Anonymous said...

Wooo - "sedation and inactivity to promote sleep and conservation (which is why carb is exploited as tranquilizers by people with high stress & food addiction, and why it causes depression in the depression prone)."

I don't feel tired after carbs, but most of them are paleo (fresh honey and fruits, roots, tubers). I don't feel depressed, either. I think the refined carbs, PUFA oils, and dairy proteins/sugars are mainly to blame for depression and sleepiness. If I eat something like ice cream, I may get sleepy. There you have lactose, casein, and refined sugar. A deadly mix. Add some grains/flours and the high PUFA oils, you could be on the way to clinical depression.

BTW, Peter, can you send me the PDF of Stefansson's book? My email addy is "r en sie lk (a t) gm a il (dot) co m". Remove spaces and substitute signs for the words in parenthesis. Thanks, Bruce

Anna said...


I'm curious, have you looked into the issues that "broke up" the writing relationship of T.S. Wiley and Bent Formby when their second book was published? Or some of the controversy surrounding T.S. Wiley and her "Wiley Protocol"?

Jason said...

There is a lot of information that correlates breast cancer to iodine deficiency.

The breast holds the second largest concentration of iodine, second to the thyroid gland.

Peter said...

Hi Jason,

Just got a chance to have a brief scan through the link you posted. The thing I find strangest is that I know of one near-OD eater who had two sessions of surgery, each to remove a benign breast cyst and who lived with persisted fibrotic changes for years. They cleared within a year of taking up high fat eating. Now I'm just wondering about the food choices involved (she's still vegetarian) or the roll of hyperglycaemia and/or hyperinsulinaemia on urinary loss or intestinal uptake of iodine... Have to have a look at that. The trouble is always that taking up high fat eating always changes far more than one aspect of diet. The iodine studies control for this but continue with a diet which predisposes. The question then is whether humans are adapted to central continental areas well away from coastal sources of iodine, or whether iodine deficiency is a marker of modern diets....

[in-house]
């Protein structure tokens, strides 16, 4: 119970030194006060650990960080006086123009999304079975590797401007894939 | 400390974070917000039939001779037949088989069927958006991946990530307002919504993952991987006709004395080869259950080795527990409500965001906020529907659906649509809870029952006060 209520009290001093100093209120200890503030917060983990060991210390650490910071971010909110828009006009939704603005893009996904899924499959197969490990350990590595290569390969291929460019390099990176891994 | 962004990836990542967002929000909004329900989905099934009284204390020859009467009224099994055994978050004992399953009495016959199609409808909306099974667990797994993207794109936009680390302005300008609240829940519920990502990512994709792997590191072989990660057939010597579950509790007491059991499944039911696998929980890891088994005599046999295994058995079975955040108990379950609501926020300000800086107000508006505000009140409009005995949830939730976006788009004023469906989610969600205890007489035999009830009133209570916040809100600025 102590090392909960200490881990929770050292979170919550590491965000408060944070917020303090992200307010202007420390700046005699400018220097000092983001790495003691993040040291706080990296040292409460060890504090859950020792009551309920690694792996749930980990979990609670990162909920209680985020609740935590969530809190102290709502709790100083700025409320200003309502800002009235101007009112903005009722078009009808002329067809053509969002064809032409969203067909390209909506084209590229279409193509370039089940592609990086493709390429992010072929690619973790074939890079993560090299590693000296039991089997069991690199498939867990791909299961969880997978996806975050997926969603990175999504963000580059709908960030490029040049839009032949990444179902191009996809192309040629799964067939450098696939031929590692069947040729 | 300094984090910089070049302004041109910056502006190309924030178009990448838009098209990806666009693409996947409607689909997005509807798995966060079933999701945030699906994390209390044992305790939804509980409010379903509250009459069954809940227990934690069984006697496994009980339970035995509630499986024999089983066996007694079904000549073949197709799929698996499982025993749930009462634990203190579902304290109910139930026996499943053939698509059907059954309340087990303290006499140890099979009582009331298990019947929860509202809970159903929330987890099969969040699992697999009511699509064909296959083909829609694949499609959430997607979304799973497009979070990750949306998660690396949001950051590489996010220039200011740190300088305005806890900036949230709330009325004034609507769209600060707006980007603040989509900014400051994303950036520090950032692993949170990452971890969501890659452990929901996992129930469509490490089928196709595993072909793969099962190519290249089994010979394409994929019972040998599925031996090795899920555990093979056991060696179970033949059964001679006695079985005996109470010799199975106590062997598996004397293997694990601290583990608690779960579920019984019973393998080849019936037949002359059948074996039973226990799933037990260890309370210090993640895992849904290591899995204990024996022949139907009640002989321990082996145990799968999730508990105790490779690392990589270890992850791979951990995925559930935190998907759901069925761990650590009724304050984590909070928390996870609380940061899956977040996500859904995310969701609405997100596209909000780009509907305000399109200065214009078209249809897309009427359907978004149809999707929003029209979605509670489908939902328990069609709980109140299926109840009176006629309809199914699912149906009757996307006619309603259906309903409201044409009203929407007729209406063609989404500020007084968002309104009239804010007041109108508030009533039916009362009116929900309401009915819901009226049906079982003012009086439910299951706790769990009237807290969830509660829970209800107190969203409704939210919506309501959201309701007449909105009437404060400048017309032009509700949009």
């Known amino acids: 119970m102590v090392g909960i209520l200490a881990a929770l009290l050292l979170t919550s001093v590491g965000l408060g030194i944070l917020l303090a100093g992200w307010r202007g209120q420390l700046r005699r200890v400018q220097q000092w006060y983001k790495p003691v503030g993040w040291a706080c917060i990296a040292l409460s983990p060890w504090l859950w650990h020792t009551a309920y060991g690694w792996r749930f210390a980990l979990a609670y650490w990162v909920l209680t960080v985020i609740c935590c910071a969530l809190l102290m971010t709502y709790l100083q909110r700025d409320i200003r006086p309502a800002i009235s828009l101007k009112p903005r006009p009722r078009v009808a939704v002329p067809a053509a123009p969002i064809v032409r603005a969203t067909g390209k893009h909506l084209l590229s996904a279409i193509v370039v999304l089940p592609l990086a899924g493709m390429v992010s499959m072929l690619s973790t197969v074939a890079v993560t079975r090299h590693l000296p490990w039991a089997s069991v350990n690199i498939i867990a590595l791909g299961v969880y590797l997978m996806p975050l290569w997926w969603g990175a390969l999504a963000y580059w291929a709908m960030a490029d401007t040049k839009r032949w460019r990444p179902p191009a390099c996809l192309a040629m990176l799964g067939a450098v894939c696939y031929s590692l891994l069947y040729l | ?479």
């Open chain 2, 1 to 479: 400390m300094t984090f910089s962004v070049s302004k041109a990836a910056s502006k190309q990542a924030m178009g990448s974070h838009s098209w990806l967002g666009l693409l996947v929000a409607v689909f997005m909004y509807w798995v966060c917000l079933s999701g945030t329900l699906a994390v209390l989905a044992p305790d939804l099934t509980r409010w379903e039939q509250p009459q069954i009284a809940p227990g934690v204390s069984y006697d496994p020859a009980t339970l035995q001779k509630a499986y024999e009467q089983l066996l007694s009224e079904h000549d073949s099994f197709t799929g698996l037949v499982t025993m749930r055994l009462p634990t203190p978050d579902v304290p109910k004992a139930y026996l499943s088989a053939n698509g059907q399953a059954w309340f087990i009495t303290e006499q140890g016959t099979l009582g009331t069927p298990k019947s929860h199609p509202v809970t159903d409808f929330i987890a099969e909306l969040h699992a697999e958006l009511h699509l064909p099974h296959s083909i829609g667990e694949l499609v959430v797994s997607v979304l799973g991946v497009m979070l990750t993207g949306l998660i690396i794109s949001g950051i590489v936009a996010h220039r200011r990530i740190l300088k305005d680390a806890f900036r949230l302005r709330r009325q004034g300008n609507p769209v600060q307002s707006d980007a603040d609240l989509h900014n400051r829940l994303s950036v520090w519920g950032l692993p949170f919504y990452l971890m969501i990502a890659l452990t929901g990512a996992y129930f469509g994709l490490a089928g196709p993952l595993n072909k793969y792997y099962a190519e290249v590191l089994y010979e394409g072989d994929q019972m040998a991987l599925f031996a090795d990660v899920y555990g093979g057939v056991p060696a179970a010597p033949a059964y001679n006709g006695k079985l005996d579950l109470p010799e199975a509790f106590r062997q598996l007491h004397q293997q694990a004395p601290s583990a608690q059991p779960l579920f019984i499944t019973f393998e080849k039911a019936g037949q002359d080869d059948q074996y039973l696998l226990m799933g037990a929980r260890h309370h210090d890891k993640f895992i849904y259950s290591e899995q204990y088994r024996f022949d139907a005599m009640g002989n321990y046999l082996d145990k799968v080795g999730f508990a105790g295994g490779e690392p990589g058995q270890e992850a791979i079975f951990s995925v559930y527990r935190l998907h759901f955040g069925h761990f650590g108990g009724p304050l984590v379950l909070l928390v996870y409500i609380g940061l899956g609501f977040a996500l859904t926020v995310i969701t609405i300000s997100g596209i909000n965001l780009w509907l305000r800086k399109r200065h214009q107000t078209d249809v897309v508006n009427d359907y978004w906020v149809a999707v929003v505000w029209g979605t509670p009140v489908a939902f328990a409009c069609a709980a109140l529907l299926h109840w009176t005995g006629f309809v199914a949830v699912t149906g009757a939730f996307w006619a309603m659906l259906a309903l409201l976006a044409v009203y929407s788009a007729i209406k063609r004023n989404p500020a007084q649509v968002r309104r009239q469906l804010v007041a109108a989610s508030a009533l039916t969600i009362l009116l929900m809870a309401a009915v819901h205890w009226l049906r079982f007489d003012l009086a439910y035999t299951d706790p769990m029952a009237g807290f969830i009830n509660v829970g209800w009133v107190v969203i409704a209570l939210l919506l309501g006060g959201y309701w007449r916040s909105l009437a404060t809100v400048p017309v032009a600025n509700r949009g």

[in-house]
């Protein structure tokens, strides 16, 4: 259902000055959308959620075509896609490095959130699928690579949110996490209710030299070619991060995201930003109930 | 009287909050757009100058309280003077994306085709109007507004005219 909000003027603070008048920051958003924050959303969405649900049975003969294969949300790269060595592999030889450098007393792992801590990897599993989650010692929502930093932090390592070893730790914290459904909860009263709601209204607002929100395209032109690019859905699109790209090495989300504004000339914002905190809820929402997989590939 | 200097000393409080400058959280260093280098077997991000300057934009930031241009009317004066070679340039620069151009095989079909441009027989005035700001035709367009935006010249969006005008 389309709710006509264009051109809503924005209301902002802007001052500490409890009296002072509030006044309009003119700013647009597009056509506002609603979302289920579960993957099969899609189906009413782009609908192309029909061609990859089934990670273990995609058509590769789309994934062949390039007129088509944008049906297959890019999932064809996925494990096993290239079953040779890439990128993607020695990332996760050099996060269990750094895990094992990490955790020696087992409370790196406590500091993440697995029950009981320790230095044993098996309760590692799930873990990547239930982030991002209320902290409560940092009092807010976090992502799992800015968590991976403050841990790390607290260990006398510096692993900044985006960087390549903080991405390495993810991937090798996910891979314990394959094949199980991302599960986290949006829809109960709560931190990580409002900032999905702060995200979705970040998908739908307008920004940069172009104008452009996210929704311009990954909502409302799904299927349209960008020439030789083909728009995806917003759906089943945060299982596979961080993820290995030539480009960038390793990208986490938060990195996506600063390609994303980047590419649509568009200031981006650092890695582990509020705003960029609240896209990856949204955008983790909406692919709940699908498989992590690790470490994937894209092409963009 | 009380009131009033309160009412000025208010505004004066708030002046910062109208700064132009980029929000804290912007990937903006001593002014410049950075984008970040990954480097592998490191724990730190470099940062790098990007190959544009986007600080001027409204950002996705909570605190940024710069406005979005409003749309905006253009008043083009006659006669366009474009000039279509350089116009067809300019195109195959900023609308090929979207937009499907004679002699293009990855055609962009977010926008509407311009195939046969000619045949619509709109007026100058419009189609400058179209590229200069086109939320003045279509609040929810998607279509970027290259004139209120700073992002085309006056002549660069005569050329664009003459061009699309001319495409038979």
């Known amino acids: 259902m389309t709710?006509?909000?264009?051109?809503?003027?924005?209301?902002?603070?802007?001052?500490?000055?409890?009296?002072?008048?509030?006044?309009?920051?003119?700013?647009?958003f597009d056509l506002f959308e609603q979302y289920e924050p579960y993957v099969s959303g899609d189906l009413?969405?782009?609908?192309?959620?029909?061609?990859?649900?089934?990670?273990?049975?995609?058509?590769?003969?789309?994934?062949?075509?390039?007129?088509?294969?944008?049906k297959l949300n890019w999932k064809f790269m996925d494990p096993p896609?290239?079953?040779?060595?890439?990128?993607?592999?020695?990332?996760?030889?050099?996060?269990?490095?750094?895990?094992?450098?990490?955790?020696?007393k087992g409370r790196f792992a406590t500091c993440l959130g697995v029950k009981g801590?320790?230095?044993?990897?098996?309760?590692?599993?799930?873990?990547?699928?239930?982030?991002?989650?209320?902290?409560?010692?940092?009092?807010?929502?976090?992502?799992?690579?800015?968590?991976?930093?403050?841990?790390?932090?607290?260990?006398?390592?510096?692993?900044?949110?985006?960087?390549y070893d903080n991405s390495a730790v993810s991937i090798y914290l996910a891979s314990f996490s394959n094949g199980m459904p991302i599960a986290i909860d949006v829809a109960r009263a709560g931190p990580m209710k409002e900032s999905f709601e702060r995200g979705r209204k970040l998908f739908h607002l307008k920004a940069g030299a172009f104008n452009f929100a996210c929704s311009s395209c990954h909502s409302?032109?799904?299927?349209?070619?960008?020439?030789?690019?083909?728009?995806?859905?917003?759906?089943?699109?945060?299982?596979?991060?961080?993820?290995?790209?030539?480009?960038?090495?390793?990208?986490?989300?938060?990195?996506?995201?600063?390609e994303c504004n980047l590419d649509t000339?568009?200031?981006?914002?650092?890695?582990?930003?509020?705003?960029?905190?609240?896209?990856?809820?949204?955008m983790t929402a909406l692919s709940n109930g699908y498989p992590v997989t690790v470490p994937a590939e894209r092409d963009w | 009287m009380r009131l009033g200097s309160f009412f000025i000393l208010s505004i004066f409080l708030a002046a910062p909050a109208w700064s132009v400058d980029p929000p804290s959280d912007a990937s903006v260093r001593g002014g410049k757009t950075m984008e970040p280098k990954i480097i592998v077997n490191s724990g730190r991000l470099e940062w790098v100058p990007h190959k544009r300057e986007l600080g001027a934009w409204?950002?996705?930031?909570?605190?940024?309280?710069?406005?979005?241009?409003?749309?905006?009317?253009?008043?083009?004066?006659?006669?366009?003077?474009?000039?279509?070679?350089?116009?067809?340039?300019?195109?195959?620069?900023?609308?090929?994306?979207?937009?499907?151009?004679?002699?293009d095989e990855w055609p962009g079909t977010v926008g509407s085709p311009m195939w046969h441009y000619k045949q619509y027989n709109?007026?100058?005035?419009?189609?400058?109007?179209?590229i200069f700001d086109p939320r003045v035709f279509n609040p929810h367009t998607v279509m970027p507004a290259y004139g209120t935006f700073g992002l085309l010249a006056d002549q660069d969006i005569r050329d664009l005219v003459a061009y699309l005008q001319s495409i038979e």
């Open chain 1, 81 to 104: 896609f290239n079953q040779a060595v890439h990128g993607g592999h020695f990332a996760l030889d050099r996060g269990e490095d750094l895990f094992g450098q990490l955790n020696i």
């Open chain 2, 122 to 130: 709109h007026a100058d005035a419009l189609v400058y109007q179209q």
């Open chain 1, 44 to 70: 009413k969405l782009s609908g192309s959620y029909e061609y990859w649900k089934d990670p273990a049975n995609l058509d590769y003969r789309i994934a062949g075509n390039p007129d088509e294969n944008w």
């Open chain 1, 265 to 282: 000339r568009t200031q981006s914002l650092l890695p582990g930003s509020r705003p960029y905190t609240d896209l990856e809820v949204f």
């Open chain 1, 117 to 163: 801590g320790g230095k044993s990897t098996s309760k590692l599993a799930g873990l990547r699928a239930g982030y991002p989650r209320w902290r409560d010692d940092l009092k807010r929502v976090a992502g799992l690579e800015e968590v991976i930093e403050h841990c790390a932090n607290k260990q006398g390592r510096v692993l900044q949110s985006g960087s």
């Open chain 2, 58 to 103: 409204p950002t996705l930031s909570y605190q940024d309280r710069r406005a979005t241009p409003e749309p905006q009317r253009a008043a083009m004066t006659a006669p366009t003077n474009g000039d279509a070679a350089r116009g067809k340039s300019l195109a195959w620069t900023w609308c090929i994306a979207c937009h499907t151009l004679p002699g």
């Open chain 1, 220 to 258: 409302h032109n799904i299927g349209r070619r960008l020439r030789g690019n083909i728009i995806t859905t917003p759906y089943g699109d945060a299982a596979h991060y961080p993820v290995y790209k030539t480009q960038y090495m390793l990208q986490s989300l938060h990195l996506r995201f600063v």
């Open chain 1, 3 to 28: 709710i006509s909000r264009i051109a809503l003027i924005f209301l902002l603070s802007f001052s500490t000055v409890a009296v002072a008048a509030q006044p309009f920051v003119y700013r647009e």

Anonymous said...

Jason, I think you have to consider what causes iodine deficiency. One factor is eating high-PUFA oils, as most people do if they eat cooking oils, restaurant foods, mayonnaise, salad dressing, etc. PUFA oils will absorb several times their own mass in iodine, while saturated fats do not absorb any. So, if you eat lots of PUFA, you need lots of iodine or you will have thyroid problems. The Eskimos had very high iodine intake and they needed it with all of the omega-3 fats in their diet. I think the better strategy is to minimize PUFAs equally from all sources.

Anna said...


Did you do any followup on the Wiley - Formby split? They apparently don't collaborate anymore after a disagreement on the Appendix contents of their second book (about female hormones). And Wiley got in a heap o' trouble with her Wiley Protocol of high progesterone supplementation. What I read about her "credentials" and her bioidentical hormone business made me start to question some of her assertions in Lights Outs.

Big Fat Keto Girl said...

Can you do me a favour Peter and email a copy of Stefansson's "Cancer: Disease of Civilisation" in pdf?

Thank you.
bigfatketogirl at gmail dot com

Peter said...


Just need an email address...


Peter said...

Ah, got it!!!! Oops!


Big Fat Keto Girl said...

Thanks heaps!